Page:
They know who I am. Everything indicates that they have excluded me, because I shouldn’t be allowed to ask critical questions at their event, which I maybe would, or would not, do. I only seek a democratic debate. This is an attempt to deny my freedom of expression, because the event is presented as public.
But Grossman says it’s an “overall consideration” and adds:
We know Fathi El-Abed, and we know, that he challenges everything that doesn’t fit his narrative. He is an extremist, and we do not wish to debate with such a character. He does not contribute to an enlightening debate, and besides that, this is not a debate meeting.
The latter seems to contradict the event description, which notes that “each presentation will include time for questions”.
Grossman also seeks to hide behind “others”:
There are others, who are familiar with the security rules and have used the facilities for many years. They know Fathi and what it is that surrounds him.
Yes, dark forces supposedly surround Fathi, and he is an overall shady person, why take the risk?
But there’s a big twist here. Grossman is loosely suggesting that the exclusion of Fathi is not really her decision, but that of security personnel, which really speaks about the Jewish Community’s own security. As Fathi says, it’s certainly not the police or police-intelligence corps that came with the recommendation to exclude him, because he is certainly clear from that side. And MIFF don’t seem to have their own security detail. It seemed logical, that Grossman had the recommendation from the Jewish Community security. At first, Berlingske didn’t have this confirmed. I reached out to Grossman, and asked for details about this security personnel. She wrote back politely, saying “no comment”. Later on, Berlingske added an update with an official statement from the Jewish Community:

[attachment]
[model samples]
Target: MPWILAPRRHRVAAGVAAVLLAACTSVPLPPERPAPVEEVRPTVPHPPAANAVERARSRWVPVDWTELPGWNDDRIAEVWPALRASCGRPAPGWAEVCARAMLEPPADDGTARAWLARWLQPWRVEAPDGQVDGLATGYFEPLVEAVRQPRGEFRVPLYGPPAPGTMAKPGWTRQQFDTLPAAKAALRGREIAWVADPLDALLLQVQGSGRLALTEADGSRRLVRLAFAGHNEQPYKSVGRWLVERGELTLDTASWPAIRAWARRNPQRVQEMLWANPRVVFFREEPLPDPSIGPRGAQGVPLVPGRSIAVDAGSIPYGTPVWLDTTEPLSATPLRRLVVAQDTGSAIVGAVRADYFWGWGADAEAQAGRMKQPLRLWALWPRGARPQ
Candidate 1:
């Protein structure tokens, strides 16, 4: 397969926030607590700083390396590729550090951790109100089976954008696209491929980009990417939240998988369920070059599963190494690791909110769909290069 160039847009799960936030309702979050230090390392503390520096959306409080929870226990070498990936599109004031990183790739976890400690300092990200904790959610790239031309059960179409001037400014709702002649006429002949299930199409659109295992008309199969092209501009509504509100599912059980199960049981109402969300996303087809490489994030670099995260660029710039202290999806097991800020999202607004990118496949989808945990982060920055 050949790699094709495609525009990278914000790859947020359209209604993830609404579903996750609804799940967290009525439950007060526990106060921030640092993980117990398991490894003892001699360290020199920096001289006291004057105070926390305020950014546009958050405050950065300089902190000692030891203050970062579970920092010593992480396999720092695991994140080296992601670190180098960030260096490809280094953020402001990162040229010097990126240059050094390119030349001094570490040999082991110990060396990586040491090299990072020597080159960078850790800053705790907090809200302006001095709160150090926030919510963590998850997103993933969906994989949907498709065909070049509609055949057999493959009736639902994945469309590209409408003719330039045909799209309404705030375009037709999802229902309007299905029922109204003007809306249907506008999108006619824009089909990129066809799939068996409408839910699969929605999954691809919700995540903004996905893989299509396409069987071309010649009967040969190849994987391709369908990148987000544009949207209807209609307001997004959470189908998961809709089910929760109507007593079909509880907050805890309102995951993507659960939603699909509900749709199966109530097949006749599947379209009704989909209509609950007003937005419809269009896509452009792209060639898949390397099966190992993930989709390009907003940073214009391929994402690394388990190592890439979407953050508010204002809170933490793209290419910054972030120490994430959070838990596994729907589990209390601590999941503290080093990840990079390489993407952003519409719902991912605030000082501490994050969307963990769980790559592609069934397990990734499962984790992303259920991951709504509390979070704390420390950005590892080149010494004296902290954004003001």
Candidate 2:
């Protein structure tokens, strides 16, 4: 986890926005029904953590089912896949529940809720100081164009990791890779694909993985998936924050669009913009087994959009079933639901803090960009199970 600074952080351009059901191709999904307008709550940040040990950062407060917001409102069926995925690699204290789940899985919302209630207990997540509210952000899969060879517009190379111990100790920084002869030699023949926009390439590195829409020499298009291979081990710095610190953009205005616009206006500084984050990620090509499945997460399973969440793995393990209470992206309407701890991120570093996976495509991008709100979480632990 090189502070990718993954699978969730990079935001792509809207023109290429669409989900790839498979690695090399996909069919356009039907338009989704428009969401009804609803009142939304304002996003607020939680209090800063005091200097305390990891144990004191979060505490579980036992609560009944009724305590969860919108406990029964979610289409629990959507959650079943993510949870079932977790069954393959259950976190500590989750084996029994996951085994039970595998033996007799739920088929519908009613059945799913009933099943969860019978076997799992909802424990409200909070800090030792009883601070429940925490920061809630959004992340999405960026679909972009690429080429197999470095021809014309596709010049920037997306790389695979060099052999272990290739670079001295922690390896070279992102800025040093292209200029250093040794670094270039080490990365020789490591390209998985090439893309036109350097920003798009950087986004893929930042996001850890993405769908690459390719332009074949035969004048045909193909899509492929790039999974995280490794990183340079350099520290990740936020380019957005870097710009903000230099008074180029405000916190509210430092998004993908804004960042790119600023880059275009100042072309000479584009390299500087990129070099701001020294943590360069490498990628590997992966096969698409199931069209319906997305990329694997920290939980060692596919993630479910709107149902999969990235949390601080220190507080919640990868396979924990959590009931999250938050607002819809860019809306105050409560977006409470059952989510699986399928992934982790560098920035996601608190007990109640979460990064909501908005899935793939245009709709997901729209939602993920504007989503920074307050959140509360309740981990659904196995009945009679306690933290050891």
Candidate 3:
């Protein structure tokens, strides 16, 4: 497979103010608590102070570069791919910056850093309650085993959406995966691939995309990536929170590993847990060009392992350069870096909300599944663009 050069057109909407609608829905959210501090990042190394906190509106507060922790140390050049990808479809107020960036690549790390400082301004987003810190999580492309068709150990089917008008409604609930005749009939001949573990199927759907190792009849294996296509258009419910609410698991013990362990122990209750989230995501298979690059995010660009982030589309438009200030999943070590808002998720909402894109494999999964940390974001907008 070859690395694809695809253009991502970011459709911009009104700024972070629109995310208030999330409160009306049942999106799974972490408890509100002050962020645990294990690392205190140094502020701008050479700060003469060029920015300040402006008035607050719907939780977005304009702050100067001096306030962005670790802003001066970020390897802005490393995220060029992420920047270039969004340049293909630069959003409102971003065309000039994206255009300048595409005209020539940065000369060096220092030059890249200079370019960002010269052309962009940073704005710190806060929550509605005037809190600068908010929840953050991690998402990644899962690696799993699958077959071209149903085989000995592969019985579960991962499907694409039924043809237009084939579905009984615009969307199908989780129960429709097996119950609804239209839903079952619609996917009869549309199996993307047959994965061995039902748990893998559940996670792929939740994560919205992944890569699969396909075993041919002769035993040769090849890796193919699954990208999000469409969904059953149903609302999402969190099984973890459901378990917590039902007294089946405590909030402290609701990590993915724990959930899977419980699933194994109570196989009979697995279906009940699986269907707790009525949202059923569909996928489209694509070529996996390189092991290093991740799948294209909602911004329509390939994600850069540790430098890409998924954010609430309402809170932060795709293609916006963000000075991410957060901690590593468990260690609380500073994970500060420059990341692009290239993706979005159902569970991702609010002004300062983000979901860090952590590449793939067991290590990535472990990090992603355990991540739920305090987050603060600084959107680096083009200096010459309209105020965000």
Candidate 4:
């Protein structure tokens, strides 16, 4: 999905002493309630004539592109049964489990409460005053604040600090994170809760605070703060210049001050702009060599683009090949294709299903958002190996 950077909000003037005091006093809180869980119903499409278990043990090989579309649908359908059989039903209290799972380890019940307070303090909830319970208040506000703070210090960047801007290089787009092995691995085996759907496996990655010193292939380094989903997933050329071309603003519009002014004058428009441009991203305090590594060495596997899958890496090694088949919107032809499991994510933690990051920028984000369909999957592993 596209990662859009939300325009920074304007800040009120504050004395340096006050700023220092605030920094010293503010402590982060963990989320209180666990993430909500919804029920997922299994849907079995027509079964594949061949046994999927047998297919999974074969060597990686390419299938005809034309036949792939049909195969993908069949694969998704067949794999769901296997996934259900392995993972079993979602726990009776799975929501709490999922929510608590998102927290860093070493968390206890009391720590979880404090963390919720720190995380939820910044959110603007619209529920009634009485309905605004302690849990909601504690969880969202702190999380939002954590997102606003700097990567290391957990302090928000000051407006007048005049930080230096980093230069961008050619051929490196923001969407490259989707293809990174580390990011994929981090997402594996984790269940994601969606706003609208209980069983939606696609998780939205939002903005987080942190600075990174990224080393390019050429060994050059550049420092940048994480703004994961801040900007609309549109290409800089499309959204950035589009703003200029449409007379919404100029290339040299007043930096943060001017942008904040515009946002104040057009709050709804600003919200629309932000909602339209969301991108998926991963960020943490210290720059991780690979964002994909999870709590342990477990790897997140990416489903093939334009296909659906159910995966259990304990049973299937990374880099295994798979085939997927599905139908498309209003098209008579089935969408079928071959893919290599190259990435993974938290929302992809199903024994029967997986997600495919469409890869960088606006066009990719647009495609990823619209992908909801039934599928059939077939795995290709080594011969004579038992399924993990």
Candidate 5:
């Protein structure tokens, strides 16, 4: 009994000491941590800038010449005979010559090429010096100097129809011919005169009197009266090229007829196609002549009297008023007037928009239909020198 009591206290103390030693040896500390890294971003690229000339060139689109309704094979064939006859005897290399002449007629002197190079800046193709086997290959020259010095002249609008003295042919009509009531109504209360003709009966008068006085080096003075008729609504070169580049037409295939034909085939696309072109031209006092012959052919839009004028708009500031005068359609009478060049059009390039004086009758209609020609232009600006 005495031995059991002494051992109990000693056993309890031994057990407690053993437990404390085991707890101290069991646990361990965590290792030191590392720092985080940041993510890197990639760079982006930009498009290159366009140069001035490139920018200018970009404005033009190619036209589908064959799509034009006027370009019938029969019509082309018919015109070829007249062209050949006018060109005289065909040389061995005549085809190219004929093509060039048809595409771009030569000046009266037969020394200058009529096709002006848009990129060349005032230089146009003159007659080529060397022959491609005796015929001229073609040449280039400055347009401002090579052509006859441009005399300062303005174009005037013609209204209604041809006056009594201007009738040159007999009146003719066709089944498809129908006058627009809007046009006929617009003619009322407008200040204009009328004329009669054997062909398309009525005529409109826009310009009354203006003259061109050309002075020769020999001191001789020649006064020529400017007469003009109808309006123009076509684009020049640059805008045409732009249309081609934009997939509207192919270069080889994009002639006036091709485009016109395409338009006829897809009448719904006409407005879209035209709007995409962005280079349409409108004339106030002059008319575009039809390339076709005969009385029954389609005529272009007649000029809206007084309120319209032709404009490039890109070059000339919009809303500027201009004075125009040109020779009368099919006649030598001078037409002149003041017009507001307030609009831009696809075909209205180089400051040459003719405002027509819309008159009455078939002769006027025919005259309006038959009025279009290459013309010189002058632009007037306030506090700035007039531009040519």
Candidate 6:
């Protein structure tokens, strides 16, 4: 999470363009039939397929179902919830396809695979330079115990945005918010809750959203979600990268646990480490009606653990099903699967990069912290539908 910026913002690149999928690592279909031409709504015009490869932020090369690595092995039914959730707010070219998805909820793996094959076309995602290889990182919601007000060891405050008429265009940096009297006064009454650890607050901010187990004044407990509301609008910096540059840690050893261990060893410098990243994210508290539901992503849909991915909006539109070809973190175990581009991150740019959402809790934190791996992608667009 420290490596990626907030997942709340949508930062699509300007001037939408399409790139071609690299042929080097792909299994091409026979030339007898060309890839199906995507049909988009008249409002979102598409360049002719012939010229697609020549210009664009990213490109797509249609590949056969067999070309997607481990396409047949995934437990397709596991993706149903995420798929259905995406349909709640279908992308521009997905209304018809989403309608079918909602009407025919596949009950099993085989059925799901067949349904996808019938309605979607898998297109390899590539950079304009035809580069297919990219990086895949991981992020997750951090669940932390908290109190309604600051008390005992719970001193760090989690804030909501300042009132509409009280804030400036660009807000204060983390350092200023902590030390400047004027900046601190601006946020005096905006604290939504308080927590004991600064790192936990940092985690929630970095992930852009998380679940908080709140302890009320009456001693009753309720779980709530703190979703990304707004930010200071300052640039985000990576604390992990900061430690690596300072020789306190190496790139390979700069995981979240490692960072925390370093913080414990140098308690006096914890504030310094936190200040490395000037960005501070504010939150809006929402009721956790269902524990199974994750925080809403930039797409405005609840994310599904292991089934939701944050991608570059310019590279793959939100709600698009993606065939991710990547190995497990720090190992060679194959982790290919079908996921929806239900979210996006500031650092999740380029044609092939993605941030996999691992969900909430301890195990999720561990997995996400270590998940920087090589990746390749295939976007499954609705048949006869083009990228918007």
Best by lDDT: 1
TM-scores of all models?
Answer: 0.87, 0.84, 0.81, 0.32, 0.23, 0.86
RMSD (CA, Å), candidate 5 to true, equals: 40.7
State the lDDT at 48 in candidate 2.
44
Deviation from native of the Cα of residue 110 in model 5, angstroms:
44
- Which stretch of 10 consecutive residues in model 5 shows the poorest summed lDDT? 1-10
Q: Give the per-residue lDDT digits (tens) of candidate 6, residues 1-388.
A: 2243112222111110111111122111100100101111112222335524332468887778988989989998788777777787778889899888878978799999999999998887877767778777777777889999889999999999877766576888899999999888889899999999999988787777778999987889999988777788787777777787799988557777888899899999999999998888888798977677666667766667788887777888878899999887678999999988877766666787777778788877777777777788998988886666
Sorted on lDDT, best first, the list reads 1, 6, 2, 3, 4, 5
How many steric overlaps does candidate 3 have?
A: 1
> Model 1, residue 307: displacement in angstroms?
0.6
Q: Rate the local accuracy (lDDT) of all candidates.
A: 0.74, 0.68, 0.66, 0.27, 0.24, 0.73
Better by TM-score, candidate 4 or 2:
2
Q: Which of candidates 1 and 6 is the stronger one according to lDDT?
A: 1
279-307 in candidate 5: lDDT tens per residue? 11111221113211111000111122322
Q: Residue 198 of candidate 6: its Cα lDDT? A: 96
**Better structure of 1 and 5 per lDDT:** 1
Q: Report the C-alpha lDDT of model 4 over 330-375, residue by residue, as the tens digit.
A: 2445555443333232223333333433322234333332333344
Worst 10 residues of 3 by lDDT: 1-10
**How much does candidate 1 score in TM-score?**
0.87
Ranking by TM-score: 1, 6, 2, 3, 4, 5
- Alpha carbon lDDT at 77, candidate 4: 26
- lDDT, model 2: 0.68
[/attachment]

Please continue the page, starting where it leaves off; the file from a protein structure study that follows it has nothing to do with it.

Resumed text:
The decision to deny Fathi El-Abed entry was not taken by the Jewish Community or its security personnel.
In other words, MIFF were framing a political censorship of a critical Palestinian voice, as a response to a Jewish “angst” which has to do with the location which they are using for their pro-Israel event – the Jewish Synagogue.
Let’s call a spade a spade. This is racial profiling. In Israel, it is a standard practice, even towards citizens of the state who are Palestinian. But this is happening on Danish soil.
It is already extremely problematic that the Jewish Community gives house to such radical right-wing Zionist organizations. Now it is also housing racism and stifling of the freedom of expression, which is still considered a central Danish value.
This points to an even bigger paradigm: the separation of church and state. If the Jewish Community is so openly married to Israel as to house such an Islamophobic pro-Israel event, then it must realize that it is sacrificing religion in favor of ultra-nationalism. It becomes hollow, to claim that the Jewish community is apolitical (interestingly, also MIFF claims it is apolitical…), and that it shouldn’t be affiliated with controversy concerning Israel. But this is the problem with Zionism overall. It simply conflates church and state, intrinsically, ideologically, essentially. And many Zionists can’t even see it.